There were many parties to this debate. Too many. It is often that way in this particular family: EVERYONE gets involved in all conflicts. (You can imagine how helpful and constructive that is… One might argue that conflict resolution by committee is not the most efficient way to proceed, but one would be wasting one’s breath.) Anyway, one of the many parties suggested that for the demanding teen, the issue wasn’t the presenting issue, but whether dad loved him “unconditionally”. Son wanted proof that dad loved him unconditionally, you see.

I was talking about this with a friend. She snorted. “‘Money’ is not the same thing as ‘love’.” Too often kids get that muddled, and their muddled parents go right along with it. If you don’t buy me this, provide those lessons, pay for that outing… then you don’t really love me.

Which is total crap, of course. That part of our conversation was simple and easy. It’s where she went next that I found interesting.

“Kids have to learn that sometimes in order to get something you have to give something. Sometimes — not always, but sometimes — when my boys (she has two, 17 and 15) ask me to do something for them, I say ‘What’s in it for me?’ Because kids, they need to learn love is not just about getting. It’s about giving. For little kids, love is mostly something they get. But when they get older, they have to learn to give, even to their parents.”

“What’s in it for me?”

It’s not how I’d phrase it, mind you. I find that a bit crass and abrasive… but I really, really like the principle.

It’s akin to the analogy developed by Stephen Covey, of the “emotional bank account“. In every relationship there’s an emotional bank account. You make deposits with each kind word and helpful deed, each respectful action, every thoughtful interaction. You make withdrawals when you’re rude or irritable, when you forget an anniversary, fall short of a commitment. Deposits and withdrawals can be large or small, but the key is to keep the balance. You can’t make ceaseless withdrawals and expect a happy relationship.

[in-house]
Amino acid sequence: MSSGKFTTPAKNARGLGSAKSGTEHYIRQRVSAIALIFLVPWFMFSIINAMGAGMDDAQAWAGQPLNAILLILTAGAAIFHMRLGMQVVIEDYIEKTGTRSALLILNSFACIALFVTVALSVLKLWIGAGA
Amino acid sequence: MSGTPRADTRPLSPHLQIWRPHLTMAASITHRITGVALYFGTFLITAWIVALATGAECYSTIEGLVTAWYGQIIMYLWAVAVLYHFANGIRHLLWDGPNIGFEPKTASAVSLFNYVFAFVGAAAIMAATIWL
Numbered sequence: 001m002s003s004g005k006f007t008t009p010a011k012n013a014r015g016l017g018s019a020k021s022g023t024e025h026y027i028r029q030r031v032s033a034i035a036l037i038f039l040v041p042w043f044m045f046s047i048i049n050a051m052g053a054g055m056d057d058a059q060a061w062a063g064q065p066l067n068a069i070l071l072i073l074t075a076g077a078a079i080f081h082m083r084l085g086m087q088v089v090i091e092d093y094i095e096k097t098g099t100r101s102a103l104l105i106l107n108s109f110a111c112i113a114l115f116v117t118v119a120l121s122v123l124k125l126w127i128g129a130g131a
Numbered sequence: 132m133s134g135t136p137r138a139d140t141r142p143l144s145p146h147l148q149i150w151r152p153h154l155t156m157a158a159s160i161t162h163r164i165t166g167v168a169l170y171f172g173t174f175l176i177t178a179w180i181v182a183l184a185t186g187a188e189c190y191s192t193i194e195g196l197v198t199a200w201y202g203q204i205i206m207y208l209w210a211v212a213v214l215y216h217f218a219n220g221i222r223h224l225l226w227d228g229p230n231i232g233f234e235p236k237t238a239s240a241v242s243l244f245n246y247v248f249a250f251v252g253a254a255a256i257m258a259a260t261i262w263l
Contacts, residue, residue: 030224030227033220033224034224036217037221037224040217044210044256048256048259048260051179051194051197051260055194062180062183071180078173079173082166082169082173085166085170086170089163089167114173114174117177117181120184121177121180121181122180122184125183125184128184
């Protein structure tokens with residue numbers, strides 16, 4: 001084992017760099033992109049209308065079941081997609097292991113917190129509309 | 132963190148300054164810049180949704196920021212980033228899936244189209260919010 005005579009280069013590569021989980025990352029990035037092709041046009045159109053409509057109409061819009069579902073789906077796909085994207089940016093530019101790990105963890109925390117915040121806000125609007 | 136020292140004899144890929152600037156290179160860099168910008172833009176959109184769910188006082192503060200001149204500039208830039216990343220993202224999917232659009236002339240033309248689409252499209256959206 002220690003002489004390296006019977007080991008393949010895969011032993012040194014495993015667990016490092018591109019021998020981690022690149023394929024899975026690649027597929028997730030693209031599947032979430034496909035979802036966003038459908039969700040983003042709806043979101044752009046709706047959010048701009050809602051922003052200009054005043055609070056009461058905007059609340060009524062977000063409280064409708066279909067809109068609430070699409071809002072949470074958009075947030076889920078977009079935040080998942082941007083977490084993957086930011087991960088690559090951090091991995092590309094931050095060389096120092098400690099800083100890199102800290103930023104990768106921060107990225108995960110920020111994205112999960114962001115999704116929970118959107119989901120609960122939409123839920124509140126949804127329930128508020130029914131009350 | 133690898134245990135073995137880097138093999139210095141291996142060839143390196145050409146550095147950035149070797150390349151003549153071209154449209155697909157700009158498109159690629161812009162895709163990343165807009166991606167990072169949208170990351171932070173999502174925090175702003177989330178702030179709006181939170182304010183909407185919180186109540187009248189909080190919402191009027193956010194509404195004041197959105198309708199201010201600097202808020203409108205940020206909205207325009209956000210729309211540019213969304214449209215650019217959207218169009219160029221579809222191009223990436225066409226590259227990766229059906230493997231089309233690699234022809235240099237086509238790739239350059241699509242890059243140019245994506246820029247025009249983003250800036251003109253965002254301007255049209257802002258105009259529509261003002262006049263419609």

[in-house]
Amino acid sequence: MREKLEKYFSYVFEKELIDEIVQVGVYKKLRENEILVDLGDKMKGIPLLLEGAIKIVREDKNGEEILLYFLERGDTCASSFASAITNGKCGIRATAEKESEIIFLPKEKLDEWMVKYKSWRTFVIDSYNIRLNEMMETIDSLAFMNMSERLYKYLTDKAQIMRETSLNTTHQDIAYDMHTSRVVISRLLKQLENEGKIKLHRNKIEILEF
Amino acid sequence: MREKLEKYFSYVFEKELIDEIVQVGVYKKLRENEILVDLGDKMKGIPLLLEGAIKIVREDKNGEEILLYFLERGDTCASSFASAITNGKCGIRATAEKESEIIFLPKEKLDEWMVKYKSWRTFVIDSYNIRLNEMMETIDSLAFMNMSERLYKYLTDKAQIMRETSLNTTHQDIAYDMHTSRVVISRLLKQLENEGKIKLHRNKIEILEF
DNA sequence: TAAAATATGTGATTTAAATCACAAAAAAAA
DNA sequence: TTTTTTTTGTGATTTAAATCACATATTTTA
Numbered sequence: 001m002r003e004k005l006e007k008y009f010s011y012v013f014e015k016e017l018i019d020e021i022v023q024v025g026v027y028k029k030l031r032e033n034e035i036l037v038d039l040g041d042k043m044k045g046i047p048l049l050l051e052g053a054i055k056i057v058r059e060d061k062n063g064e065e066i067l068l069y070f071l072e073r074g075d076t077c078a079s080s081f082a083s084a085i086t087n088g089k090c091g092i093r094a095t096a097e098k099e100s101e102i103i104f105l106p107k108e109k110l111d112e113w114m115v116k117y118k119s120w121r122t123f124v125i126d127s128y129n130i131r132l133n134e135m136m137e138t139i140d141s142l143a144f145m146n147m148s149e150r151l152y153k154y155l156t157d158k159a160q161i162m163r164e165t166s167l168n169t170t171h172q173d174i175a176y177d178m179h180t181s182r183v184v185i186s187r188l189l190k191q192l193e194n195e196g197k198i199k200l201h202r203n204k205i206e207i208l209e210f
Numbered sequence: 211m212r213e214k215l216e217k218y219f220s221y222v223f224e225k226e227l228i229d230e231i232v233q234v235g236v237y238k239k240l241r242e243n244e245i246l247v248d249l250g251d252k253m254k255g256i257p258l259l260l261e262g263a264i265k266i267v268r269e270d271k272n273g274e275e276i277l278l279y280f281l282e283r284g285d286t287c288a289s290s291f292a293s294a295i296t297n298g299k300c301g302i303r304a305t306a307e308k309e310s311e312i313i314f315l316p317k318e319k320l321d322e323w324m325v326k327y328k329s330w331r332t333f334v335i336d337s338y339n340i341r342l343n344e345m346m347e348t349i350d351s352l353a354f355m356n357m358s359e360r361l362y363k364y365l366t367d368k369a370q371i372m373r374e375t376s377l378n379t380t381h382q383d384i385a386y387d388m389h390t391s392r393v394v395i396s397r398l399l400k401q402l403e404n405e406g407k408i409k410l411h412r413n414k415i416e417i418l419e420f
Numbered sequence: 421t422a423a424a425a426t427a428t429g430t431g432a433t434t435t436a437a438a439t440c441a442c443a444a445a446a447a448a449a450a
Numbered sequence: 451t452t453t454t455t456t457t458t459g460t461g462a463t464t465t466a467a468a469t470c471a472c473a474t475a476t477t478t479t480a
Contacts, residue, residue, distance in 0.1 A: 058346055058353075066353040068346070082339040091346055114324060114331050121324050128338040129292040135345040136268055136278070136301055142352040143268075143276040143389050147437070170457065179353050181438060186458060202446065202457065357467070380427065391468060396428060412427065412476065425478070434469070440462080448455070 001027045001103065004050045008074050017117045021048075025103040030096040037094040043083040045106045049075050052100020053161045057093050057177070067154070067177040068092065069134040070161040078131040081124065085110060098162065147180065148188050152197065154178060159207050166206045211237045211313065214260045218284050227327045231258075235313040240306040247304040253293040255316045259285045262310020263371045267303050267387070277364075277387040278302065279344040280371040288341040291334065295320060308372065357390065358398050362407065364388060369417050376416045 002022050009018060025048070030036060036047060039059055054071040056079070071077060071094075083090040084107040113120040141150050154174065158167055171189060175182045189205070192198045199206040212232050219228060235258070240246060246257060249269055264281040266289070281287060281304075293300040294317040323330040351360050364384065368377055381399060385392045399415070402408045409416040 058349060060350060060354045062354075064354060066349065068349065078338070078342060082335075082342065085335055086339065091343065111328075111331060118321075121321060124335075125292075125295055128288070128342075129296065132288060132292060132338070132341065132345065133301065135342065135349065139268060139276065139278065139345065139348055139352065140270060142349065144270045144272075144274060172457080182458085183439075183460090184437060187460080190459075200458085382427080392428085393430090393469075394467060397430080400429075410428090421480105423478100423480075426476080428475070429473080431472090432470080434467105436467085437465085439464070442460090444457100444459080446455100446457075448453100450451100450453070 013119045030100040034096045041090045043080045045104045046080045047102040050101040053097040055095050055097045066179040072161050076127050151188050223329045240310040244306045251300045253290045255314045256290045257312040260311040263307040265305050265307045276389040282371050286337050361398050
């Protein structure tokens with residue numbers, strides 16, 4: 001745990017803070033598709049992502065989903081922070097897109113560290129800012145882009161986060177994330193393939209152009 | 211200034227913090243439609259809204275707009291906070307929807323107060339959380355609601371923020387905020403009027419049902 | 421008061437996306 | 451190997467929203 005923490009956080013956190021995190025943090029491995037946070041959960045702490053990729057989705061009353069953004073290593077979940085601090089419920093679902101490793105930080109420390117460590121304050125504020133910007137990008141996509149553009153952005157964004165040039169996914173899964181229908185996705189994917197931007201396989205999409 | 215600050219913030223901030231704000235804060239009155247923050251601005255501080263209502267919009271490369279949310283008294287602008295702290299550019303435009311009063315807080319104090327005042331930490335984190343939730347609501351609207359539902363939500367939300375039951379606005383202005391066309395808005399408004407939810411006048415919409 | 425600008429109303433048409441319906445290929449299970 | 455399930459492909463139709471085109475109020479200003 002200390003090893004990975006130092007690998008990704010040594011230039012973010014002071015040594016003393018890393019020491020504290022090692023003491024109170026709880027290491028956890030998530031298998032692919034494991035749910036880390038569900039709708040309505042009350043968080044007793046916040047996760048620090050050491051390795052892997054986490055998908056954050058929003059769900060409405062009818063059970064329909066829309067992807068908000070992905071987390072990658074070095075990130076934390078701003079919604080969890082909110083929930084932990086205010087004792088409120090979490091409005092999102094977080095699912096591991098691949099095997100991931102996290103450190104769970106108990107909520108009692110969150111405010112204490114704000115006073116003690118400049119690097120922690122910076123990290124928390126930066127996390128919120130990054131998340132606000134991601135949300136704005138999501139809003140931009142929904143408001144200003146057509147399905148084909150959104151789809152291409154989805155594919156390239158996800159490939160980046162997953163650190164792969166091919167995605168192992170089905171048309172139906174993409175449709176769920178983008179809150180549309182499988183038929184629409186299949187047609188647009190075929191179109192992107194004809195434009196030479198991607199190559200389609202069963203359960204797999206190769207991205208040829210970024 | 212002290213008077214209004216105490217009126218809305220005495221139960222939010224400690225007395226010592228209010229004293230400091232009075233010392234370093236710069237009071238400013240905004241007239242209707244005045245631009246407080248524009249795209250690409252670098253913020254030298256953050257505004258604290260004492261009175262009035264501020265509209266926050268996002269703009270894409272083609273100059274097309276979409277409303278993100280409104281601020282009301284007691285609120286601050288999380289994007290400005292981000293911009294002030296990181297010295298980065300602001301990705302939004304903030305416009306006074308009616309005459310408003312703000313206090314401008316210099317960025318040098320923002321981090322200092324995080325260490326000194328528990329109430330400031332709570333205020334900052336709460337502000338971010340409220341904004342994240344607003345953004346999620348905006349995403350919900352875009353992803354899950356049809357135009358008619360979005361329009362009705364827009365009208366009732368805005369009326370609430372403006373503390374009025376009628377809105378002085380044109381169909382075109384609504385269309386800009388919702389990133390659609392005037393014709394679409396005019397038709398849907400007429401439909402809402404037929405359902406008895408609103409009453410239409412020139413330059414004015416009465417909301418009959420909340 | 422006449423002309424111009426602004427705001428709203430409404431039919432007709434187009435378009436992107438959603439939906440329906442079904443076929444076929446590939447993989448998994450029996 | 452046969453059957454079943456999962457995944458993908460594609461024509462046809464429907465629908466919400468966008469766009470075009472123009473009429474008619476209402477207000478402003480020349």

“What’s in it for me?” I think I’d be more likely explain the emotional bank account idea, and suggest that a deposit of equal value would be required before they’d have the funds to make that withdrawal.

It amounts to the same thing, though, really.

Balance. Give and take.

More give than take.

Takes a life to learn.

July 11, 2011 Posted by | parenting, power struggle | 4 Comments

Happy Canada Day!

I’m not working today. It’s a holiday!!! And one for which I really, really, reeeally appreciate living in Ottawa. Where better to celebrate the country’s birthday than the capital?

The Snowbirds perform over Parliament Hill. (And when they do, they’ll almost certainly fly over my street, too. Takes a while to turn one — eight! — of those things!) Very cool.

Guess who’s in town?

I just happened to be walking home from downtown yesterday as the cavalcade went by, coming in from the airport. And guess what? Kate waved at me. (Yes, she did. I was the only person on that stretch of the canal. It must have been me!) Either that or she was just stuck in auto-wave, poor girl. Entirely possible.

Later, there will be fireworks over the Hill, and if I feel like it, I can walk a few blocks over and spot them from the grassy verge of the canal.

From the canal, where I won’t get quite that view… but I also won’t have to contend with these crowds:

(Been there, done that, loved it then, not so much now. 🙂 )

Happy Birthday, Canada!

July 1, 2011 Posted by | Canada, commemoration, holidays | , , , | 2 Comments